How to speak to a gay Christian friend


#1

I need some help on how to speak to a gay male friend. He has been struggling with depression and is just starting to accept being gay and trying to figure out what that means for him. I’m looking for honest, candid, and practical feedback here. I’m struggling on a couple fronts. First, my friend is Christian and is well aware that I am a practicing Catholic. So, I’ve made it clear that I don’t quite feel comfortable talking about certain things (i.e. dating and physical intimacy). He took strong offense to that, so I really just don’t know where to go from here. I want to be a supportive and caring friend, especially given that very few people are aware of this, but I don’t want to express support for acting on the attraction. What specifically is okay to discuss? Is it okay to “date” as a gay man or should I not support that either? To make things harder, I am married so my wife feels it is sort of an “emotional adultery” if that makes sense. She feels truly hurt when he and I discuss his depression and being gay.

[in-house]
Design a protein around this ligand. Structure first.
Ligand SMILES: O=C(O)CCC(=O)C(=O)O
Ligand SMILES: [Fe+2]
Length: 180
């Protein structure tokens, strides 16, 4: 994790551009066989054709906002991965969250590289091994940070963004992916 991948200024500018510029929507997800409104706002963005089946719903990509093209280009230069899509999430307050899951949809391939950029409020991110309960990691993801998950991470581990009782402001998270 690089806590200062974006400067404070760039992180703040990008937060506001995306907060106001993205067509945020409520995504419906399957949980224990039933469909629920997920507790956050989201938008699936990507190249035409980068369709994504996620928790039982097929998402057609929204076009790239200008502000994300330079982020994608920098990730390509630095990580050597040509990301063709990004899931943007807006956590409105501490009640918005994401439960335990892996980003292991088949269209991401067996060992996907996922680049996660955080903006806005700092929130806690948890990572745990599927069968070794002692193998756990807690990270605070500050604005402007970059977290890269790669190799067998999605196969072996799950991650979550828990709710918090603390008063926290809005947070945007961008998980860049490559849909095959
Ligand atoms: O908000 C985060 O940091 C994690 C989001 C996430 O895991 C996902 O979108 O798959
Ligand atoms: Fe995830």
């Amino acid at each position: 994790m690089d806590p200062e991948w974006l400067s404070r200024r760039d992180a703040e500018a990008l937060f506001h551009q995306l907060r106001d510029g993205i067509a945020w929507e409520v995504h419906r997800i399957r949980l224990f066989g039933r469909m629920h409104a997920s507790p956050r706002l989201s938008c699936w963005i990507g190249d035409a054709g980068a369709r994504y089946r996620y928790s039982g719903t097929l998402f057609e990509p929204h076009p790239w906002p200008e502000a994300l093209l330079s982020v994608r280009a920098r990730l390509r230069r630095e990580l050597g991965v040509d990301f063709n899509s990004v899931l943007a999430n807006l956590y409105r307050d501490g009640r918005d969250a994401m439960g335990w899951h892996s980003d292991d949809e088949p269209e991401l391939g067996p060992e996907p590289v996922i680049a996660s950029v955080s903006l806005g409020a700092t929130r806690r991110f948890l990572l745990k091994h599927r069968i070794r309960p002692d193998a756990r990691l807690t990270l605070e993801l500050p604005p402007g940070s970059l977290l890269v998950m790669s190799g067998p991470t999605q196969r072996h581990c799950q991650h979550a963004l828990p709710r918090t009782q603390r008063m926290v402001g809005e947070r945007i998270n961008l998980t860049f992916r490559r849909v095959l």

Any advice would be appreciated!


#2

Here’s a podcast that explains it pretty well. As guests he has someone that struggles with Same Sex Attraction and a priest with a brother who struggles with SSA.

http://pintswithaquinas.com/podcast/what-do-you-think-of-homosexuality/


#3

When he wants to discuss these feelings, just be honest with him about what the Church teaches. (The same verses are in Protestant Bibles too.)

Regarding depression, encourage him to seek therapy. That’s not something we can help with other than to pray for him.


#4

Is it possible your wife thinks your friend is romantically interested in you? I can’t imagine why she thinks you talking to a friend is “emotional adultery” unless she thinks there is something going on beyond friendship. Otherwise, that’s just bizarre.

As to what you can and can’t discuss with him, there’s no hard rule about what you can’t talk about. If you’re not comfortable talking to him about sex, it’s perfectly reasonable to tell him you’d rather not hear certain details.


#5

@rptort , just speak to him as a Christian friend .

Would you discuss physical intimacy with a heterosexual Christian friend ?


#6

On the gay point, it’s perfectly reasonable if you don’t want to hear dating and sex stuff. I don’t want to hear about that stuff either, from my gay friends OR my straight friends. If the guy can’t respect your preference, you may need to distance yourself from the friendship, the same way I distance myself from a female friend who wants to talk in detail about what she and her new guy are doing in bed every night.